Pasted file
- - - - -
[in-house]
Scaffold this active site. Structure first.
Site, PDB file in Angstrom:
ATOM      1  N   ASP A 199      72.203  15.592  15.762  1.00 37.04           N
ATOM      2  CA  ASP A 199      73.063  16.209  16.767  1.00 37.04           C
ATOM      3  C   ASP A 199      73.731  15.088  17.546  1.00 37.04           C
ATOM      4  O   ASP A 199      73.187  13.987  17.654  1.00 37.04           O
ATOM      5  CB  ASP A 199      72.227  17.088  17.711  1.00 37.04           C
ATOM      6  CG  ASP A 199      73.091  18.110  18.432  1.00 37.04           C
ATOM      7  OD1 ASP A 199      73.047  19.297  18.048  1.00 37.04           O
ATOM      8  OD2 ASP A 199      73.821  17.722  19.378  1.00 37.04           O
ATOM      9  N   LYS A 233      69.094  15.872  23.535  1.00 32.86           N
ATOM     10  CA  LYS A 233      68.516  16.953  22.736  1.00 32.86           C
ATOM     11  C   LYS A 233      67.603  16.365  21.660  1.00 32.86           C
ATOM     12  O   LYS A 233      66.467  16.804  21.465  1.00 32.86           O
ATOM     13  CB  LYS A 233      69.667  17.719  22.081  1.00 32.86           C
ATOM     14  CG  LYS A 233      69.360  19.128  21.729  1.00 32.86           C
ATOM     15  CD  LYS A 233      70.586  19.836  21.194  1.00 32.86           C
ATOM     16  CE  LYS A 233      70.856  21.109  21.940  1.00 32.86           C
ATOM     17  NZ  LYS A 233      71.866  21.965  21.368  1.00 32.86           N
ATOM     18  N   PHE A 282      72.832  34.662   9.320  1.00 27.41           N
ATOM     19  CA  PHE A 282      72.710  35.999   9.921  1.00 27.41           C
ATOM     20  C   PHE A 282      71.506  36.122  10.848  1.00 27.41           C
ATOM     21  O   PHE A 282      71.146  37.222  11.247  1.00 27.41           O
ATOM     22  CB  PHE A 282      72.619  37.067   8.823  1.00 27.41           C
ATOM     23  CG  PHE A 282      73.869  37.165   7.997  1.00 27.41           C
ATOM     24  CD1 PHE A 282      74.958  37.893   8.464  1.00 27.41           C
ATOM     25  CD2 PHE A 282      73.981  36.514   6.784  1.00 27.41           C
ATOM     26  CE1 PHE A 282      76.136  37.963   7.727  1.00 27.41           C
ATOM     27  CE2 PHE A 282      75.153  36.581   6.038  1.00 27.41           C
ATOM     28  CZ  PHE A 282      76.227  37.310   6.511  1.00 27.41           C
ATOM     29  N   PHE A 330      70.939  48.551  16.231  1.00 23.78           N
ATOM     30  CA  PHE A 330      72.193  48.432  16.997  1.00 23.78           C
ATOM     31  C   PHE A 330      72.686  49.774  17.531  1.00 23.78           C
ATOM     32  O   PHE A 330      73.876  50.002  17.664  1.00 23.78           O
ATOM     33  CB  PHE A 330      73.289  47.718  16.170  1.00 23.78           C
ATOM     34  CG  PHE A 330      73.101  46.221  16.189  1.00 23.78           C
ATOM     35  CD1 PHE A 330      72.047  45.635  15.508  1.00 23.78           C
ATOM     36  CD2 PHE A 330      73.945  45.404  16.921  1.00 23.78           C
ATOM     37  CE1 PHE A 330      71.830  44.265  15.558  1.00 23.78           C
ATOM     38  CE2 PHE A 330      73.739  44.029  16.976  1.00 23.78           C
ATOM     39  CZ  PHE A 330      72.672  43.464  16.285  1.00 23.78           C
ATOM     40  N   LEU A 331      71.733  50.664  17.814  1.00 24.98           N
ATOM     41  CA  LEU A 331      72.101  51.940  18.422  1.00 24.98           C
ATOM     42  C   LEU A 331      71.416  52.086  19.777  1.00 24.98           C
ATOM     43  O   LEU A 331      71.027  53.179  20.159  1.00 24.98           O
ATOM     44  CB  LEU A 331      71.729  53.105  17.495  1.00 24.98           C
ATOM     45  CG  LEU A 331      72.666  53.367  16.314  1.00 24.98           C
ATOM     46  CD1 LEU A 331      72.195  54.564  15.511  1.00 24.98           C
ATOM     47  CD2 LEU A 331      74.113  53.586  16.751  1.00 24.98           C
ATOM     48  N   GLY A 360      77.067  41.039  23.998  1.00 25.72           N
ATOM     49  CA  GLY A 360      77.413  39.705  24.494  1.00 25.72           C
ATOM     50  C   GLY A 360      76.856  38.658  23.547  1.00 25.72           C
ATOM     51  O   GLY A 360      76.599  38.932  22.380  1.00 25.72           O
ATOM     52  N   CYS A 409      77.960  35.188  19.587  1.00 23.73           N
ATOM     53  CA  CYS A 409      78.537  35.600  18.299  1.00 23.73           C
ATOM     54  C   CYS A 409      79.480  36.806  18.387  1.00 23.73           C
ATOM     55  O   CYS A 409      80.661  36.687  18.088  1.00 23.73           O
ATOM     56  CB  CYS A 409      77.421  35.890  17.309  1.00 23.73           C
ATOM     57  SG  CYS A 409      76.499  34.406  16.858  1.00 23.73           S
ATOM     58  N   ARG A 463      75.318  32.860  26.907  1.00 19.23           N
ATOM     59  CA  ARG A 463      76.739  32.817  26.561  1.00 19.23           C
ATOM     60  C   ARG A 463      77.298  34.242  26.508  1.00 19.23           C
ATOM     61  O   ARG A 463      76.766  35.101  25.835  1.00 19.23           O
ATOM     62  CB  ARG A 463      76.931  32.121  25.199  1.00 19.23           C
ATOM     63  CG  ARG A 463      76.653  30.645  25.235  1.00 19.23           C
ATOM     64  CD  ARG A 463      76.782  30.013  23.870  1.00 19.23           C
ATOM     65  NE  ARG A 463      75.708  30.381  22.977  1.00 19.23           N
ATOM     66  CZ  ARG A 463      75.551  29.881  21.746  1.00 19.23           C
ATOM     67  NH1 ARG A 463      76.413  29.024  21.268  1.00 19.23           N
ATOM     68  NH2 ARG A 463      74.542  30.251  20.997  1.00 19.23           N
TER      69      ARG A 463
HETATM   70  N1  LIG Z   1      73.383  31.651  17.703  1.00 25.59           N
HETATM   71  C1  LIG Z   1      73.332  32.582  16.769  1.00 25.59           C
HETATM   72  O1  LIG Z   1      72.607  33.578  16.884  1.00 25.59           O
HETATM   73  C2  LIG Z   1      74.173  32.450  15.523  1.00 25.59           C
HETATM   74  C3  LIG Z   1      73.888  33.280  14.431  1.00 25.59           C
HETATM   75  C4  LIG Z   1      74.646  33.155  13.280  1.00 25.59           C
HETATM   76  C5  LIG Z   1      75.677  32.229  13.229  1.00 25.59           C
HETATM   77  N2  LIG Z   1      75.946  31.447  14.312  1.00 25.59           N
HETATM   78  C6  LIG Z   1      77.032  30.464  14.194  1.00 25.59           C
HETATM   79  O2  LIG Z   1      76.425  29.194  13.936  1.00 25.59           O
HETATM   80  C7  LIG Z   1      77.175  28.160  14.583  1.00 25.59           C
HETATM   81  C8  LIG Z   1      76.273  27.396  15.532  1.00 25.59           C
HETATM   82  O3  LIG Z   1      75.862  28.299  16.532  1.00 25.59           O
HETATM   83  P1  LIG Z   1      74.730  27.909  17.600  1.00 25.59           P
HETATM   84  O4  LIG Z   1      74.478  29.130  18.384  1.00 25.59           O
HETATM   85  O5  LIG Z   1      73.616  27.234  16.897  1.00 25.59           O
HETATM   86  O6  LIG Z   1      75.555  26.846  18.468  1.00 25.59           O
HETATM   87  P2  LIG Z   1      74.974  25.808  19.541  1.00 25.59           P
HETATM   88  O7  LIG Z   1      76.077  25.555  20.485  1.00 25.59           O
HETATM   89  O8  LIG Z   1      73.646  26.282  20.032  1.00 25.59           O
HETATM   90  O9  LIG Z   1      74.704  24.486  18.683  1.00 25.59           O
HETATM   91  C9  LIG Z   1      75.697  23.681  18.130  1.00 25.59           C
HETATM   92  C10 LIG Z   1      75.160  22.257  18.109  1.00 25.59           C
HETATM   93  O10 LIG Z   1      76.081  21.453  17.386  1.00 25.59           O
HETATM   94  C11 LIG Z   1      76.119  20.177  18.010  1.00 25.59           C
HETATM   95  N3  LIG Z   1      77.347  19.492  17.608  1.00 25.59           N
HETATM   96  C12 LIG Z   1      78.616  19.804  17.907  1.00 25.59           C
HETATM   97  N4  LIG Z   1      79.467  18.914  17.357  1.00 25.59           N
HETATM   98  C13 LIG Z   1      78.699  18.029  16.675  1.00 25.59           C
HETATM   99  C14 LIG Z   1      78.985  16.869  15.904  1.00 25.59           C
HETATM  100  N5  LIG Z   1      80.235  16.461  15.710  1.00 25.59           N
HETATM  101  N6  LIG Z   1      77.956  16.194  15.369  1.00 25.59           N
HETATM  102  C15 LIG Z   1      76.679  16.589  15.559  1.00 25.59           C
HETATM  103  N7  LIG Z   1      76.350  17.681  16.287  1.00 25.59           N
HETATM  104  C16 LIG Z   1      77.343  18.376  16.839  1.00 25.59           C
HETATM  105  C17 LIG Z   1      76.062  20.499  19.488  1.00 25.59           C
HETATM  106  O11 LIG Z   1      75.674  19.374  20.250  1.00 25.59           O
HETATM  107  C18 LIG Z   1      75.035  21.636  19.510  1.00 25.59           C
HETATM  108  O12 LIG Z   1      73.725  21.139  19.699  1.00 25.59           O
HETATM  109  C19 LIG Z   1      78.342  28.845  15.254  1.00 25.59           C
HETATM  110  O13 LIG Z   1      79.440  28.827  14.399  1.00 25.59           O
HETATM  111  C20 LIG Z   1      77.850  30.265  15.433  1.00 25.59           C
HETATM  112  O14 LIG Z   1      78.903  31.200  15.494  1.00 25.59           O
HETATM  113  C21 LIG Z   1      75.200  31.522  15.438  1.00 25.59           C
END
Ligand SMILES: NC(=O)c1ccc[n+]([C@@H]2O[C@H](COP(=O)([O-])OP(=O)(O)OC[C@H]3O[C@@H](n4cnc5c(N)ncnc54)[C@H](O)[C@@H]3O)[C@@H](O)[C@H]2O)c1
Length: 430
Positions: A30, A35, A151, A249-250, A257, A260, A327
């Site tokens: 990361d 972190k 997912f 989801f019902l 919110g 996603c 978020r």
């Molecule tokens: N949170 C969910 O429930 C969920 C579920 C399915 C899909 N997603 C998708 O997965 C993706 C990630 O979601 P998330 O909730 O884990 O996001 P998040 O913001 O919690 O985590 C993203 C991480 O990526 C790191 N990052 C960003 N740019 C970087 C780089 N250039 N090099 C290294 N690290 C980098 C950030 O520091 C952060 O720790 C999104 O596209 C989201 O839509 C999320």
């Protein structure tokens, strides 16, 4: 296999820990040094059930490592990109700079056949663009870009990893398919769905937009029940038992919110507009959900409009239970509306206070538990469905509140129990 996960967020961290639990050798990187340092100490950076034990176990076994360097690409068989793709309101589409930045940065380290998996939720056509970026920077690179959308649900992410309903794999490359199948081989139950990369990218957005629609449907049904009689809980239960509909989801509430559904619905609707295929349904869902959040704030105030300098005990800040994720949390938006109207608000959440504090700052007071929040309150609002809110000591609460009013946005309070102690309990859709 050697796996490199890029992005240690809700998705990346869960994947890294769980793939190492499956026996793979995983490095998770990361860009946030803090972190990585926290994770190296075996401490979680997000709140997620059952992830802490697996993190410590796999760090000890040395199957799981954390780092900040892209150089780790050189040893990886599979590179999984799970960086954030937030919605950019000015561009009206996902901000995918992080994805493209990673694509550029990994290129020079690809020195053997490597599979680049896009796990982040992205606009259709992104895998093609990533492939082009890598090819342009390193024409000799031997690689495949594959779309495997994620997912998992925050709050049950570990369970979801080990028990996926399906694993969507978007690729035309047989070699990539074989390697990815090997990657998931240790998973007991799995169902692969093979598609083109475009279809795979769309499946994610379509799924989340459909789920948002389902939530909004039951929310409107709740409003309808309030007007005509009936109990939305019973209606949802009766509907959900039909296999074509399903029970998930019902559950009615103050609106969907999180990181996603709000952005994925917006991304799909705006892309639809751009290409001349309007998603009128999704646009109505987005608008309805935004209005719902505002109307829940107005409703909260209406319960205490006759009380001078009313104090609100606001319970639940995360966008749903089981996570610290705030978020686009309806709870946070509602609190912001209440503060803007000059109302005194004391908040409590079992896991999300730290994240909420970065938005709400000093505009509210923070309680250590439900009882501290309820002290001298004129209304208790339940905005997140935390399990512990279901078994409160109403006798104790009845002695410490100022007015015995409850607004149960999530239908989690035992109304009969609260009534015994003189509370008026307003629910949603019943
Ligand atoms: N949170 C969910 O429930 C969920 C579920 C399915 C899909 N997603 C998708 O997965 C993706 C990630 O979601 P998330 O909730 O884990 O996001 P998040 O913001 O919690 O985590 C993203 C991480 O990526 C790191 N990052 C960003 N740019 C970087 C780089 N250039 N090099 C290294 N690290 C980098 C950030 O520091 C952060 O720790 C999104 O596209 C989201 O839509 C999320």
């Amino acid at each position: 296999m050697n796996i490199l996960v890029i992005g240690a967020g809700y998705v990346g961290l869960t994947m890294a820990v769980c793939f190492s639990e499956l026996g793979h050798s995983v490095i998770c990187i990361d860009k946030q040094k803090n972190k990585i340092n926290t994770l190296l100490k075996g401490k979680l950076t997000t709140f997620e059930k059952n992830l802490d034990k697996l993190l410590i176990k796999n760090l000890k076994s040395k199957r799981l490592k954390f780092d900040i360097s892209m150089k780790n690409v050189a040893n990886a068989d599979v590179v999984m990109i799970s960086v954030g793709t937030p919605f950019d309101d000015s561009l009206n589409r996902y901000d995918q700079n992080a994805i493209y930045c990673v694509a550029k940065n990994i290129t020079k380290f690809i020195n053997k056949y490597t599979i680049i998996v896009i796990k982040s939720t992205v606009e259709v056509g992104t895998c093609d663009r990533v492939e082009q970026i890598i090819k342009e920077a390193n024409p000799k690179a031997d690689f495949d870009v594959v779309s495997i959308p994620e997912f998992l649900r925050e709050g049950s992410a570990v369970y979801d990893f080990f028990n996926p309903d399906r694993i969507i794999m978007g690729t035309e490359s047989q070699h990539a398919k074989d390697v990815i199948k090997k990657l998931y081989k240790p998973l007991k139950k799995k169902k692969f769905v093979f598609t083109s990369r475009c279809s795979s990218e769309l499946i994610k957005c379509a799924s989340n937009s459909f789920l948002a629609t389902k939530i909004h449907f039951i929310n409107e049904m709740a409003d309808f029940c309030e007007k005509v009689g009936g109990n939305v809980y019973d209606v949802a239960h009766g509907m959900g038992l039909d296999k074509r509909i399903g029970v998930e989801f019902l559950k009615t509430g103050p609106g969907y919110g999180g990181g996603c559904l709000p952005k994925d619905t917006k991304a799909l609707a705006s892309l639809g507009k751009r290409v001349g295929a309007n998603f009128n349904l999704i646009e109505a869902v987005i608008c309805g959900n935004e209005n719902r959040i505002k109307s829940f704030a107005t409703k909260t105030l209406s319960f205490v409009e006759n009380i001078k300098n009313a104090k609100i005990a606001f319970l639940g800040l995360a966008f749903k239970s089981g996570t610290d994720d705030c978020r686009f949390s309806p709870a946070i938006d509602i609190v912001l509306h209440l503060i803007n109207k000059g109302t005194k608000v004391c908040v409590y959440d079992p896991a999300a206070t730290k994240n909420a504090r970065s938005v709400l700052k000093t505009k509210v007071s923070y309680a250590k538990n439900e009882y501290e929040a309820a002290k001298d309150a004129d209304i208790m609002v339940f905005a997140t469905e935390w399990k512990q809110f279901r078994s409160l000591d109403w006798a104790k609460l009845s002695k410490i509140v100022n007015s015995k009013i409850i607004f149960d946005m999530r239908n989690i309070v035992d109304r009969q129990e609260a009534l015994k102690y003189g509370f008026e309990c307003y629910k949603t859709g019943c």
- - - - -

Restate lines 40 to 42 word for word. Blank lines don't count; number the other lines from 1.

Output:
ATOM     37  CE1 PHE A 330      71.830  44.265  15.558  1.00 23.78           C
ATOM     38  CE2 PHE A 330      73.739  44.029  16.976  1.00 23.78           C
ATOM     39  CZ  PHE A 330      72.672  43.464  16.285  1.00 23.78           C